Elaine Yau, History of Art
I have often noted that students who have never had an art history course can be overwhelmed by a commonplace assumption that artistic “masterpieces” are self-evidently great. This point of departure usually results in hackneyed discussions about beauty, perfection, or “pinnacles of civilization.” I wanted my first writing assignment to provide a structured, accessible process for formal analysis that would equip students with a vocabulary from which to build their own interpretations confidently — to treat paintings as primary sources from a moment in history.
Elaine Yau, History of Art
by Jesse Cordes Selbin, English
I believe that education functions best when students are not merely passive recipients, but collaborative creators, of knowledge. To that end, I designed an ongoing assignment wherein students used online software to contribute to a collective historical timeline of the nineteenth century…The function of the timeline was primarily informational: it was intended to give a deeper understanding of a historical era. But its crucial secondary function was to ask students to reconceptualize their own role as creators and perpetrators of historical narrative.
by Jordan Axelson, Chemistry
During 2012, I served as head GSI for both first and second semesters of organic chemistry (Chemistry 3A and 3B). Despite the utility of resonance in solving problems presented during these classes, I found that at the end of Chem 3B, many students still struggled to understand and apply resonance…To alleviate this challenge, I built a kit that included a stainless steel “whiteboard,” dry-erase markers, and colored magnetic pieces meant to represent a single lobe of a p-orbital.
by Laurence Coderre, East Asian Languages and Cultures
My…students were having difficulty understanding how to approach literary texts beyond the simple recapitulation of plot. Focusing on what a given reading said, they rarely considered the significance of how it was conveyed….Ming dynasty xiao pin wen, or “short personal essays,” in which authors write in great detail about frivolous or mundane things, offered me an opportunity to address this concept, and students’ difficulties in grappling with it, head on.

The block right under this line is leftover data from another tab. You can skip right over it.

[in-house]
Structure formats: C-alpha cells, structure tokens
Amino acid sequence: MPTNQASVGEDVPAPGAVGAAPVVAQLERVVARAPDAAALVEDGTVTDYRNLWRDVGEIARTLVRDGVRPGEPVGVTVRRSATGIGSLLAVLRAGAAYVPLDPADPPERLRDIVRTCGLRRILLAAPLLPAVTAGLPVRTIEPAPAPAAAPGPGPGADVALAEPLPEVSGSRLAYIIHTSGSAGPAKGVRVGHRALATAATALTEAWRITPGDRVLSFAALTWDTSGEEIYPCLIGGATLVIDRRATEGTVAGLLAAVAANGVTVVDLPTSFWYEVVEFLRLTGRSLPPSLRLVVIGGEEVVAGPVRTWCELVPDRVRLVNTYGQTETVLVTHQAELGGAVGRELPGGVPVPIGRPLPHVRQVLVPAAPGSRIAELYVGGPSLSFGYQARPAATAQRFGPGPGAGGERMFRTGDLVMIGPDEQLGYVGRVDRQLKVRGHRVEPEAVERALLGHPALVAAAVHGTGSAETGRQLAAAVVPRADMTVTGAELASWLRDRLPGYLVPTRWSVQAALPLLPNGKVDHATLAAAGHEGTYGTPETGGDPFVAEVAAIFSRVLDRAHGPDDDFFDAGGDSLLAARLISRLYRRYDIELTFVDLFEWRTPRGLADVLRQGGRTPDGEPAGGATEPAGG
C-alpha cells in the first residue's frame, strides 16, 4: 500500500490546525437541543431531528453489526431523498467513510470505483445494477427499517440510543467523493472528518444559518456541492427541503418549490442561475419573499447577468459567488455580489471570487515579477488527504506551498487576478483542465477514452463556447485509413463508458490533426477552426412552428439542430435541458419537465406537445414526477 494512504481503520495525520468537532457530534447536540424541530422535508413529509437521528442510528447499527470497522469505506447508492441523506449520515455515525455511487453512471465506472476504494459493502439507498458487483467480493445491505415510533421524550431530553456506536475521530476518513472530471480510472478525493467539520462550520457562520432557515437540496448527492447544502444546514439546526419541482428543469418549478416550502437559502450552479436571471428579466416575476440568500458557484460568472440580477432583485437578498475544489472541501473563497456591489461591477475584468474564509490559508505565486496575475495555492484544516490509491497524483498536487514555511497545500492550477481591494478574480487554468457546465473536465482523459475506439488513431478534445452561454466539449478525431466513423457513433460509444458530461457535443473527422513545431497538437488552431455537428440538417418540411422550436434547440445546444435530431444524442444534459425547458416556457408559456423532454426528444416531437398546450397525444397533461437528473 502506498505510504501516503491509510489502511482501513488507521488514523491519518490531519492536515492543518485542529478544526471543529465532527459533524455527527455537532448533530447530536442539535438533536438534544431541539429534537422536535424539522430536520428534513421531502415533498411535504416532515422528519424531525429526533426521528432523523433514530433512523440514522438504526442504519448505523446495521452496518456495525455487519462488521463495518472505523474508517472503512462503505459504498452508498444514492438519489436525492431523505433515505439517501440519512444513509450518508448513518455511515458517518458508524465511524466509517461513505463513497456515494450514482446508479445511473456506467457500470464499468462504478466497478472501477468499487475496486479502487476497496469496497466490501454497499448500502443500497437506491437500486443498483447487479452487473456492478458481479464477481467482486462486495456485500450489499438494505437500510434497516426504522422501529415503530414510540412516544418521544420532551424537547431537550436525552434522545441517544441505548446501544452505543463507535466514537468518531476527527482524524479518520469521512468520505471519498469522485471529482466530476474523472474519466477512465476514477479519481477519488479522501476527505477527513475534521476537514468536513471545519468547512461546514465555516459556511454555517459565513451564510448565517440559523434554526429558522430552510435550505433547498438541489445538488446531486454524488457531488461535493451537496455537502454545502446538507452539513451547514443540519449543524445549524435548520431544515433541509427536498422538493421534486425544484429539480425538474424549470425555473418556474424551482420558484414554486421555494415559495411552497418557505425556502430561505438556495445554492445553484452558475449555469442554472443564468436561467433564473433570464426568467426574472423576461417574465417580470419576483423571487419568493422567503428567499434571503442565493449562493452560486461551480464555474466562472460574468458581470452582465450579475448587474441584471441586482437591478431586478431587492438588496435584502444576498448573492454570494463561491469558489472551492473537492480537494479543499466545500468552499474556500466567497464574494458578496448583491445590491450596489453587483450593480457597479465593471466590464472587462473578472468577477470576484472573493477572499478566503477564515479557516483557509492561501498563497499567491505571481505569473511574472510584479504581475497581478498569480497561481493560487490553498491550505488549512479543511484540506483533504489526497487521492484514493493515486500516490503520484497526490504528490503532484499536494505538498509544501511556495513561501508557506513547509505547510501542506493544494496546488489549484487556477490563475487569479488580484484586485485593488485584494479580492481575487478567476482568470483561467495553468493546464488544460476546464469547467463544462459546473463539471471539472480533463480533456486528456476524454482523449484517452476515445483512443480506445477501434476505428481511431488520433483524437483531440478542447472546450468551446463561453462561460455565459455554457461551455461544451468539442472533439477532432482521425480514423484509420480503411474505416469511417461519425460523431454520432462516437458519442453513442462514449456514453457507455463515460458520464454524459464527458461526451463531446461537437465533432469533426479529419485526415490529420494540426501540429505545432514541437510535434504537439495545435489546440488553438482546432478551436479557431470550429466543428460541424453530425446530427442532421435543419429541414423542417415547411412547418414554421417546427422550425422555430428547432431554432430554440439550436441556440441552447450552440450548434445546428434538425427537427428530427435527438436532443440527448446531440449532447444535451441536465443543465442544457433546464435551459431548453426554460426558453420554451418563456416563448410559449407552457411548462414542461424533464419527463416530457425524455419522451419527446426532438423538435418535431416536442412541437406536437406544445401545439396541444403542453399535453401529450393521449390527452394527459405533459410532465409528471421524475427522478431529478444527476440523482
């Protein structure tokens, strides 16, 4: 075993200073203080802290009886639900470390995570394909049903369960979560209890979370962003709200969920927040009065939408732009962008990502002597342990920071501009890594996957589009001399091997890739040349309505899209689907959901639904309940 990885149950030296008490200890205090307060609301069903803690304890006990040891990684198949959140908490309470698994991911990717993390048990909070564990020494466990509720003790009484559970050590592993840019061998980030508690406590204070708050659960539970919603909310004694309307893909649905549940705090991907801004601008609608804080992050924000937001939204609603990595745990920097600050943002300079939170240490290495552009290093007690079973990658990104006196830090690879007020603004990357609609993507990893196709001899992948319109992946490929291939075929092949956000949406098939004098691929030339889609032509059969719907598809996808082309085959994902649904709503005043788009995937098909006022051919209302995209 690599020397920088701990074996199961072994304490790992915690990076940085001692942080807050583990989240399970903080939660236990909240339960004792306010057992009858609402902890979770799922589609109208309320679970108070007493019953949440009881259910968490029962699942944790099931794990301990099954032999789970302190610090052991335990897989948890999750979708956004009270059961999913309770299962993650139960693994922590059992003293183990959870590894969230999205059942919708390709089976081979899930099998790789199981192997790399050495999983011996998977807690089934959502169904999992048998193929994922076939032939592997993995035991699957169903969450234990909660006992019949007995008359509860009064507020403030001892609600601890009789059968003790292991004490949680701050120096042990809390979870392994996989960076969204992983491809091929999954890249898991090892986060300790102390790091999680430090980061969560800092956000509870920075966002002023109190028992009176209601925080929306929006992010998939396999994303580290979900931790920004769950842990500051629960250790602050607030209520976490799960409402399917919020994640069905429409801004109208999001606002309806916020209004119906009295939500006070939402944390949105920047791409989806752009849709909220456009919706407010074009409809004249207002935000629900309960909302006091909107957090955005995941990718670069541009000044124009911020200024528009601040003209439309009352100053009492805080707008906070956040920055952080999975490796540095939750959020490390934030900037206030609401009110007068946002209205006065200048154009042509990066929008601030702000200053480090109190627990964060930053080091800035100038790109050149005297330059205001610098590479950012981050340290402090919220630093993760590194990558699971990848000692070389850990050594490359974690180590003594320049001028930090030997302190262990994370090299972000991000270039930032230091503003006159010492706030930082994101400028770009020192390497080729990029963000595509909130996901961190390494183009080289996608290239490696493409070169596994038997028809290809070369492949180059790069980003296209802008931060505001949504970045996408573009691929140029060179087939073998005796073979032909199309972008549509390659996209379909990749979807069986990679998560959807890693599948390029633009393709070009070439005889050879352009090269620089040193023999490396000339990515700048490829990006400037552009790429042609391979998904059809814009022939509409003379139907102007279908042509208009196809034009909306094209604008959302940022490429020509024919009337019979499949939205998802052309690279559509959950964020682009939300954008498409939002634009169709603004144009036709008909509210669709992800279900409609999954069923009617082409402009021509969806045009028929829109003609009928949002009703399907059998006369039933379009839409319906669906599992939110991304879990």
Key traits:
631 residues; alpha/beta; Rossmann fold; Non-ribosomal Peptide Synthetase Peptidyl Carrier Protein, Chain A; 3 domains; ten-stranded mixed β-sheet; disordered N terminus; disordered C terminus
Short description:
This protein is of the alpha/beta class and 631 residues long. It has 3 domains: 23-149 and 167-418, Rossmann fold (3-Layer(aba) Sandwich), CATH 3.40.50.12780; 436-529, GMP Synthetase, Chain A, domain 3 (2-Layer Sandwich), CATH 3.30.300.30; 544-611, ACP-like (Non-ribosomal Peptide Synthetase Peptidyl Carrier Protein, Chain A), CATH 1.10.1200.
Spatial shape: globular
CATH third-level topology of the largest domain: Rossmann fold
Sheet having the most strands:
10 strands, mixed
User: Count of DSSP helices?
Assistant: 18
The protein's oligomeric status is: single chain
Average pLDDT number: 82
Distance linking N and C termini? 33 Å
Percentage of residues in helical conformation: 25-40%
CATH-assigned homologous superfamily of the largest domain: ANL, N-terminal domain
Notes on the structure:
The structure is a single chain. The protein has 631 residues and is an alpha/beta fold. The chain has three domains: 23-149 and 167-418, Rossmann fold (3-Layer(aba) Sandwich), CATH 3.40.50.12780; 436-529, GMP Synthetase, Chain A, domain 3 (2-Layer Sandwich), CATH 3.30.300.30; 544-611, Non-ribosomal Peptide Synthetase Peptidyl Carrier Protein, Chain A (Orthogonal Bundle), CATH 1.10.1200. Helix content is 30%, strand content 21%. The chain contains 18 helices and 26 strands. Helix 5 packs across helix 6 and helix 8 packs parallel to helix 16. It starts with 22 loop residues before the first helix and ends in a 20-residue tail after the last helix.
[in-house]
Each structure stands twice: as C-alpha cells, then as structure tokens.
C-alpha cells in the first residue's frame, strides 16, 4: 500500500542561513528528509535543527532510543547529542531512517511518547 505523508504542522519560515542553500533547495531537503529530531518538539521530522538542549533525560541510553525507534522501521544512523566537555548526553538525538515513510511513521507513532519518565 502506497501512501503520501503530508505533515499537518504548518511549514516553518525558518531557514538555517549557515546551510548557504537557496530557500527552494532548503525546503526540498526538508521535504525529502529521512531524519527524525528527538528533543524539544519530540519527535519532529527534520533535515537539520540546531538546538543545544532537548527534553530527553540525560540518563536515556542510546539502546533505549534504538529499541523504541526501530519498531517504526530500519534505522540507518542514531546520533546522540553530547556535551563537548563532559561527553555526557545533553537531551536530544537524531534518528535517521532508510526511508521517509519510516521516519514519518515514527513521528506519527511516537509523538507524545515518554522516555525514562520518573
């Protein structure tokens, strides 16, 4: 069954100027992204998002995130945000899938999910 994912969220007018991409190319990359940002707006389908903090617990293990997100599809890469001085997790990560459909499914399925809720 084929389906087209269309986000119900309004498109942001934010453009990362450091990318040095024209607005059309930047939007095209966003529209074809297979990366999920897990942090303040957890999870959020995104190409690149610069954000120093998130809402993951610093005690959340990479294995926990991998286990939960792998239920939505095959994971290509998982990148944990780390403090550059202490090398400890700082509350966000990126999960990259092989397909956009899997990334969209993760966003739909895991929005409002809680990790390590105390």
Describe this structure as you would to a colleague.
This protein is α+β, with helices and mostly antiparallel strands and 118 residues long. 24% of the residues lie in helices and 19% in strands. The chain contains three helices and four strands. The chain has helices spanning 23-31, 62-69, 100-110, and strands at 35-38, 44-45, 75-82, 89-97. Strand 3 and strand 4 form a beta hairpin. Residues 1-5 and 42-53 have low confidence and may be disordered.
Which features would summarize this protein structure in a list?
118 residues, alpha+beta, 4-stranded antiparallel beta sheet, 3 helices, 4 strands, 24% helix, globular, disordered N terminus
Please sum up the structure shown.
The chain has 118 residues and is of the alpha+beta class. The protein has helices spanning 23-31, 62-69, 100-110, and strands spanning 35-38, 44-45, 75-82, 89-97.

by Sonja Schwartz, Environmental Science, Policy, and Management
My goal for this laboratory was to engage students of all learning styles by using a combination of passive and active, visual and auditory, and conceptual and applied activities. By reinforcing the material this way, I wanted to get beyond endless bean counting to more effectively teach my students key concepts of evolution.
by Conrad Hengesbach, Mathematics
The variety of the students’ backgrounds meant that everybody brought different prerequisites to the table, especially when it came to their training in first-semester calculus… I needed a mechanism to ensure that towards the end of the first week everybody was on the same boat.
by Rebecca Elliott, Sociology
In deference to the time they put into writing their exams, I spend considerable time writing up my reactions. I provide substantive feedback in the form of questions and comments, in both marginal notes and in a narrative paragraph…[but] how could I ensure that my students read, reflected, and internalized my feedback in a way that would improve their skills and enhance their learning?
When designing a writing assignment, it is important to consider the scale of the project, and whether or not your students can reasonably be expected to complete the task.
Using Bloom’s Taxonomy to construct learning objectives for assignments.
Specific examples of how instructors can use Bloom’s Taxonomy to develop more effective writing assignments.